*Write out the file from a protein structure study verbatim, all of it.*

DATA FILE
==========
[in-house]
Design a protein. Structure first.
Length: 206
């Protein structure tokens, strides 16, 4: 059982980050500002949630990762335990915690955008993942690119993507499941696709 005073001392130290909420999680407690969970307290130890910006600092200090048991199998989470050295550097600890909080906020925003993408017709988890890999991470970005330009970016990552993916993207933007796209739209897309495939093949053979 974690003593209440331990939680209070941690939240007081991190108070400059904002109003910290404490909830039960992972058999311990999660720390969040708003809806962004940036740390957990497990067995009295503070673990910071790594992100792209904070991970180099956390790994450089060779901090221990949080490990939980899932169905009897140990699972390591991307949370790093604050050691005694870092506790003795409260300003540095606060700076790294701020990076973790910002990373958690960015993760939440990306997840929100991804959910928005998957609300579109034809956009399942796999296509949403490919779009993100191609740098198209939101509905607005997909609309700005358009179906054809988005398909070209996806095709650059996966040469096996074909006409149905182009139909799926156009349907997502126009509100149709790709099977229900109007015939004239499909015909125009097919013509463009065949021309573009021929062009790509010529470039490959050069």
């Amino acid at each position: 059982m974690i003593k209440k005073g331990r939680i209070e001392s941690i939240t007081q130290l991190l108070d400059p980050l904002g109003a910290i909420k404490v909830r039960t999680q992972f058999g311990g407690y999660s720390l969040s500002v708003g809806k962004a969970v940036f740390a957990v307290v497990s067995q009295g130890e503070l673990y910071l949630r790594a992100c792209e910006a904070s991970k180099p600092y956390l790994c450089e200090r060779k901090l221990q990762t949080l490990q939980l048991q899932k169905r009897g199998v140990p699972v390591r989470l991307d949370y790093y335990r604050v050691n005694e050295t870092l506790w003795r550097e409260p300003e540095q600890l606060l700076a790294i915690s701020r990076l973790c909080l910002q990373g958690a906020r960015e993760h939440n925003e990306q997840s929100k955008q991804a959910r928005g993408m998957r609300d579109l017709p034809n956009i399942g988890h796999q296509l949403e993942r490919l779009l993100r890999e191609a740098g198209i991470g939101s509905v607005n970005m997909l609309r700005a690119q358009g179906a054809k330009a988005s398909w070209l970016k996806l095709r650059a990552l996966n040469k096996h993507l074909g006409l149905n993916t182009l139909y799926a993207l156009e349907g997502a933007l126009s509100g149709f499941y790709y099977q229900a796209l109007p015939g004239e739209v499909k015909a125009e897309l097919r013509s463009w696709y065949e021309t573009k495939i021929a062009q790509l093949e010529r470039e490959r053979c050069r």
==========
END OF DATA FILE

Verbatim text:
[in-house]
Design a protein. Structure first.
Length: 206
């Protein structure tokens, strides 16, 4: 059982980050500002949630990762335990915690955008993942690119993507499941696709 005073001392130290909420999680407690969970307290130890910006600092200090048991199998989470050295550097600890909080906020925003993408017709988890890999991470970005330009970016990552993916993207933007796209739209897309495939093949053979 974690003593209440331990939680209070941690939240007081991190108070400059904002109003910290404490909830039960992972058999311990999660720390969040708003809806962004940036740390957990497990067995009295503070673990910071790594992100792209904070991970180099956390790994450089060779901090221990949080490990939980899932169905009897140990699972390591991307949370790093604050050691005694870092506790003795409260300003540095606060700076790294701020990076973790910002990373958690960015993760939440990306997840929100991804959910928005998957609300579109034809956009399942796999296509949403490919779009993100191609740098198209939101509905607005997909609309700005358009179906054809988005398909070209996806095709650059996966040469096996074909006409149905182009139909799926156009349907997502126009509100149709790709099977229900109007015939004239499909015909125009097919013509463009065949021309573009021929062009790509010529470039490959050069």
């Amino acid at each position: 059982m974690i003593k209440k005073g331990r939680i209070e001392s941690i939240t007081q130290l991190l108070d400059p980050l904002g109003a910290i909420k404490v909830r039960t999680q992972f058999g311990g407690y999660s720390l969040s500002v708003g809806k962004a969970v940036f740390a957990v307290v497990s067995q009295g130890e503070l673990y910071l949630r790594a992100c792209e910006a904070s991970k180099p600092y956390l790994c450089e200090r060779k901090l221990q990762t949080l490990q939980l048991q899932k169905r009897g199998v140990p699972v390591r989470l991307d949370y790093y335990r604050v050691n005694e050295t870092l506790w003795r550097e409260p300003e540095q600890l606060l700076a790294i915690s701020r990076l973790c909080l910002q990373g958690a906020r960015e993760h939440n925003e990306q997840s929100k955008q991804a959910r928005g993408m998957r609300d579109l017709p034809n956009i399942g988890h796999q296509l949403e993942r490919l779009l993100r890999e191609a740098g198209i991470g939101s509905v607005n970005m997909l609309r700005a690119q358009g179906a054809k330009a988005s398909w070209l970016k996806l095709r650059a990552l996966n040469k096996h993507l074909g006409l149905n993916t182009l139909y799926a993207l156009e349907g997502a933007l126009s509100g149709f499941y790709y099977q229900a796209l109007p015939g004239e739209v499909k015909a125009e897309l097919r013509s463009w696709y065949e021309t573009k495939i021929a062009q790509l093949e010529r470039e490959r053979c050069r």